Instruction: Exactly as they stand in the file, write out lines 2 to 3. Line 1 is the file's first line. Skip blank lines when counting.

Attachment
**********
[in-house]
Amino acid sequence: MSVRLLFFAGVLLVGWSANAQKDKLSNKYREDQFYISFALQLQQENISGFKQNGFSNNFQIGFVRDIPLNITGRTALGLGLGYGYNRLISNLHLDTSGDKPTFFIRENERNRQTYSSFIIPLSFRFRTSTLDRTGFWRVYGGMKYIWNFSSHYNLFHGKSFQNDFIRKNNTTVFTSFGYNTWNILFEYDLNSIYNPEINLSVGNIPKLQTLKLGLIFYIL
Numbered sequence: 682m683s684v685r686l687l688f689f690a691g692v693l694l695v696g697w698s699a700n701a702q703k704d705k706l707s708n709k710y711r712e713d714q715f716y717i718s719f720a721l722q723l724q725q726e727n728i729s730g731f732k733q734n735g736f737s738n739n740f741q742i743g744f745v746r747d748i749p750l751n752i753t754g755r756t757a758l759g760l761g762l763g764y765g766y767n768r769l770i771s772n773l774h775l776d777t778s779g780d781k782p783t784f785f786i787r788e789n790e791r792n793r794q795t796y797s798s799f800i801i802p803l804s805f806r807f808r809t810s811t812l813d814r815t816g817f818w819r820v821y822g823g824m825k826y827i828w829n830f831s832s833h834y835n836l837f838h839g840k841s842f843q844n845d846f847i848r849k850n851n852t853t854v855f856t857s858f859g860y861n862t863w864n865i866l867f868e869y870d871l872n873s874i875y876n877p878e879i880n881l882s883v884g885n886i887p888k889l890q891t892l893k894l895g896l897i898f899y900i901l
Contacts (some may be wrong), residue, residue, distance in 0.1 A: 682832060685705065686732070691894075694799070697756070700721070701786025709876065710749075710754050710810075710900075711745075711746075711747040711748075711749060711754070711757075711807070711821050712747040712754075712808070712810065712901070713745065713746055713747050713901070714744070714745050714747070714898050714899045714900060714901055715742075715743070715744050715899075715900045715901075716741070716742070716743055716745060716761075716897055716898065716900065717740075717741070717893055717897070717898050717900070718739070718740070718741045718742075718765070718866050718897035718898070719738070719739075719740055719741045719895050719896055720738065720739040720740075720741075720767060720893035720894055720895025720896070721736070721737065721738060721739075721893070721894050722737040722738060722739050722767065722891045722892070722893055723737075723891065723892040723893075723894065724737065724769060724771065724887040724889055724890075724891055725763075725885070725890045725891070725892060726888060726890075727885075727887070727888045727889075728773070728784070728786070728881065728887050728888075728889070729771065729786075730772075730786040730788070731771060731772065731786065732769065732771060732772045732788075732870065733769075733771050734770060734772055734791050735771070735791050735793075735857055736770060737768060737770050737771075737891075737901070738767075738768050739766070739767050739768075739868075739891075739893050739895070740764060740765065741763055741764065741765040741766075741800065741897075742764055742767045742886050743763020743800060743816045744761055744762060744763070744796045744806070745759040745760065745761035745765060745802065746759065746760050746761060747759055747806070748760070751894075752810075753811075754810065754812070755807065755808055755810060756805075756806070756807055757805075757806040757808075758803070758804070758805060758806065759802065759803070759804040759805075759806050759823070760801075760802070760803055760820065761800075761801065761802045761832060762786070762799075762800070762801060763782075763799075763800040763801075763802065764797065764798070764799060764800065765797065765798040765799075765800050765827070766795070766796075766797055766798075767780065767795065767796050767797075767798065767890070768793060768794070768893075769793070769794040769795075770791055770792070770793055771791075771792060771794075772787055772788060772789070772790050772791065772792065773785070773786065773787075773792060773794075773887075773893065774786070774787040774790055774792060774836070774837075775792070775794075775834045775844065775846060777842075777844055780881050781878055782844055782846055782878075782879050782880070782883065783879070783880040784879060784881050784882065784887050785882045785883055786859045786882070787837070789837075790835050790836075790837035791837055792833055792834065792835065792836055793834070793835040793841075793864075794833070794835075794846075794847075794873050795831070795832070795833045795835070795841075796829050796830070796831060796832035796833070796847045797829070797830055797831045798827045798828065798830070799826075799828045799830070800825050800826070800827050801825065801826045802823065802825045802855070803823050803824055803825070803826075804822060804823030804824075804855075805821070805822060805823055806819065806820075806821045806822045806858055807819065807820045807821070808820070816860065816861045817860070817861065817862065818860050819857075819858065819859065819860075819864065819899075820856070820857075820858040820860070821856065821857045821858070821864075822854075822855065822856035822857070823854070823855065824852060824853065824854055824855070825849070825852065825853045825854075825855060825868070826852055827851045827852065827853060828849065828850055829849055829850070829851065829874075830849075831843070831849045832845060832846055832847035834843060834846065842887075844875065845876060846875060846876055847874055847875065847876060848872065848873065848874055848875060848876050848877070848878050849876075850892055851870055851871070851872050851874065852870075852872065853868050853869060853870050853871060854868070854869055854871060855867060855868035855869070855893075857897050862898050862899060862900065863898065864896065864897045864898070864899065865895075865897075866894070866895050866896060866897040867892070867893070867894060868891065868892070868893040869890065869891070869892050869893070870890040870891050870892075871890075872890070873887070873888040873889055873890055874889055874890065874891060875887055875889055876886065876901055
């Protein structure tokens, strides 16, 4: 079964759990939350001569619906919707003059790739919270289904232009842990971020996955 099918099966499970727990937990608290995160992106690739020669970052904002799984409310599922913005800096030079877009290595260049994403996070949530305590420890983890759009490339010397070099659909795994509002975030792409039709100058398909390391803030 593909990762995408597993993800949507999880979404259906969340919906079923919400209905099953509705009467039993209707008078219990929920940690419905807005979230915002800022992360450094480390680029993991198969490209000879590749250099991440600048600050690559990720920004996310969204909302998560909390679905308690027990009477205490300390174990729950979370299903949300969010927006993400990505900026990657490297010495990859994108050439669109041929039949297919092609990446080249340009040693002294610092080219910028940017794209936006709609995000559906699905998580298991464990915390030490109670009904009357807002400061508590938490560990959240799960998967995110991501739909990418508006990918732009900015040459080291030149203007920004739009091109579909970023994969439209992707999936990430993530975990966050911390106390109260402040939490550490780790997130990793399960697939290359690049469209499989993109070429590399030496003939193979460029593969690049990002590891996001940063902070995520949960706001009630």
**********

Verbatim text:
Amino acid sequence: MSVRLLFFAGVLLVGWSANAQKDKLSNKYREDQFYISFALQLQQENISGFKQNGFSNNFQIGFVRDIPLNITGRTALGLGLGYGYNRLISNLHLDTSGDKPTFFIRENERNRQTYSSFIIPLSFRFRTSTLDRTGFWRVYGGMKYIWNFSSHYNLFHGKSFQNDFIRKNNTTVFTSFGYNTWNILFEYDLNSIYNPEINLSVGNIPKLQTLKLGLIFYIL
Numbered sequence: 682m683s684v685r686l687l688f689f690a691g692v693l694l695v696g697w698s699a700n701a702q703k704d705k706l707s708n709k710y711r712e713d714q715f716y717i718s719f720a721l722q723l724q725q726e727n728i729s730g731f732k733q734n735g736f737s738n739n740f741q742i743g744f745v746r747d748i749p750l751n752i753t754g755r756t757a758l759g760l761g762l763g764y765g766y767n768r769l770i771s772n773l774h775l776d777t778s779g780d781k782p783t784f785f786i787r788e789n790e791r792n793r794q795t796y797s798s799f800i801i802p803l804s805f806r807f808r809t810s811t812l813d814r815t816g817f818w819r820v821y822g823g824m825k826y827i828w829n830f831s832s833h834y835n836l837f838h839g840k841s842f843q844n845d846f847i848r849k850n851n852t853t854v855f856t857s858f859g860y861n862t863w864n865i866l867f868e869y870d871l872n873s874i875y876n877p878e879i880n881l882s883v884g885n886i887p888k889l890q891t892l893k894l895g896l897i898f899y900i901l